From men’s health
Stop by if you’ve heard this before: Wednesday afternoon, crew members fly on a passenger plane again near Los Angeles International Airport (LAX) saw a person in a jetpack glides at an altitude of 6,000 feet high, a few miles northwest of the flight node.
It is second time in six weeks that aviation experts have observed someone in a jetpack flying near LAX.
Kl. 13.45 PST warned the crew of the LAX-bound China Airlines Flight 006, a Boeing 777 from Taipei, air traffic controllers about the strange sight. Here is part of the transcript of the conversation between China Airlines’ crew and air traffic control according to audio obtained by War zones:
China Airlines 006: “We just saw a bright object of 6,000.”
LAX Tower: “006 heavy, can you say that one more time?”
China Airlines 006: “We saw a flying object as one [this part is hard to decipher, but it sounded like] flight suit jetpack of 6,000. ”
LAX Tower: “Was it a UAV, or was it a jetpack?”
China Airlines 006: “Like a jetpack. Too shiny. It is too far. ”
LAX Tower: “006 tongue, roger, thank you … Emirates 215 tongue there was a jetpack reported about 13 miles ahead.”
The Federal Aviation Administration confirmed to CNBC it received the report and immediately warned local law enforcement. Make sure the Federal Bureau of Investigation (FBI) is also in the case, as a spokeswoman said New York Times The Bureau “is investigating several reports of what, according to witnesses, appeared to be an individual in a jetpack near LAX.”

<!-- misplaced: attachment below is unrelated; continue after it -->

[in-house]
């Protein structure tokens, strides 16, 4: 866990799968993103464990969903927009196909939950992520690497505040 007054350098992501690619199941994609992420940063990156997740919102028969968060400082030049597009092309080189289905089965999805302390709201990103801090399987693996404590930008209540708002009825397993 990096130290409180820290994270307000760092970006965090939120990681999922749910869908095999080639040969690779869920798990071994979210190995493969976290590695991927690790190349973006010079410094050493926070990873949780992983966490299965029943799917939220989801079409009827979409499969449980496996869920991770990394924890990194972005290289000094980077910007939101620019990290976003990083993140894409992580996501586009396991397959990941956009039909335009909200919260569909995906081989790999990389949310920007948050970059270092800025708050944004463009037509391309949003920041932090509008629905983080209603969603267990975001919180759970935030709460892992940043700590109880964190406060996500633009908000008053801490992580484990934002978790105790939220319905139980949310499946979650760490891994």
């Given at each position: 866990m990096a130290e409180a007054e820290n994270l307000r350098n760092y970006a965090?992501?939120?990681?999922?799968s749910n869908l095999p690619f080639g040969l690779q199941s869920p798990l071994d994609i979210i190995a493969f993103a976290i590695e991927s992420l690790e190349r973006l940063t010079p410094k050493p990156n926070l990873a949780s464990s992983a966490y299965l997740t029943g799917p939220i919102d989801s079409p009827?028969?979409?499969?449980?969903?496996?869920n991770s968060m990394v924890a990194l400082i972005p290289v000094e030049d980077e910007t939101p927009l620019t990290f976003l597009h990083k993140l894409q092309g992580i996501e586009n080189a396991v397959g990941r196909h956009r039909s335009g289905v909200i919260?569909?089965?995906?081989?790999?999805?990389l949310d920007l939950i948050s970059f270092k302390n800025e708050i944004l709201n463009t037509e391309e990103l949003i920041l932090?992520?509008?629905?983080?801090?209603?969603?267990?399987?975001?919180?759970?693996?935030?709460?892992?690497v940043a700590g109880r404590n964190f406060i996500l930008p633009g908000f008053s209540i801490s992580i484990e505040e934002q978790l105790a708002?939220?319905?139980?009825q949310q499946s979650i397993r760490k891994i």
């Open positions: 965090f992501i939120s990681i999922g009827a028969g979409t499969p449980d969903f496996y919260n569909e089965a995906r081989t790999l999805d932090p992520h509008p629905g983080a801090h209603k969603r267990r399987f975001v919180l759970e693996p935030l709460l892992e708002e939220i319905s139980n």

The FBI is already digging into a similar recent escapade at LAX. On August 29, a pilot for American Airlines Flight 1997 discovered what he thought was “a guy in a jetpack” just 300 meters to the left of his plane, hovering over the busy airspace above the airport at an altitude of about 3,000 feet. (Another pilot on his way to LAX summed up the whole situation quite briefly: “Only in LA”)
These holdings sound far fetched – especially at 6,000 feet, which Times points out, is almost six times the height of LA’s Wilshire Grand Tower, the tallest building west of the Mississippi – but stunts are not entirely unprecedented. For example, an Indian pilot almost reached an altitude of 6,000 feet in one short jetpack flight in Dubai earlier in the year per Times.
And maybe the LAX daredevil did not technically use a jetpack. In 2016, the Martin Aircraft Company of New Zealand debuted a prototype that could reach a top speed of 46 miles per hour and a flight ceiling of 3,000 feet. The device is not a real jetpack, as it uses dual-channel fans and the wearer cannot carry it like a backpack – but it is still an experimental flying device that could possibly take a person up to the level of planes in the sky.
While Martin Aircraft closed in 2019, if anyone already had their hands on the technology, it could have been in heaven. Martin intended to provide his equipment to first responders for use during natural disasters and search and rescue missions, such as fighting the fires that continue to blaze over California. But it seems to be a stretch.
Needless to say, flying in a jetpack near a commercial passenger plane is an extraordinarily stupid thing to do. Veer too close to the vessel and you could be sucked into the engine, damage the plane and, you know, die. Do not be like the mysterious LAX jetpack man.
Note: The lead photo shows French pilot Franky Zapata will fly with his Flyboard jetpack during the 2018 Red Bull Air Race World Championship on April 21, 2018 in Cannes.
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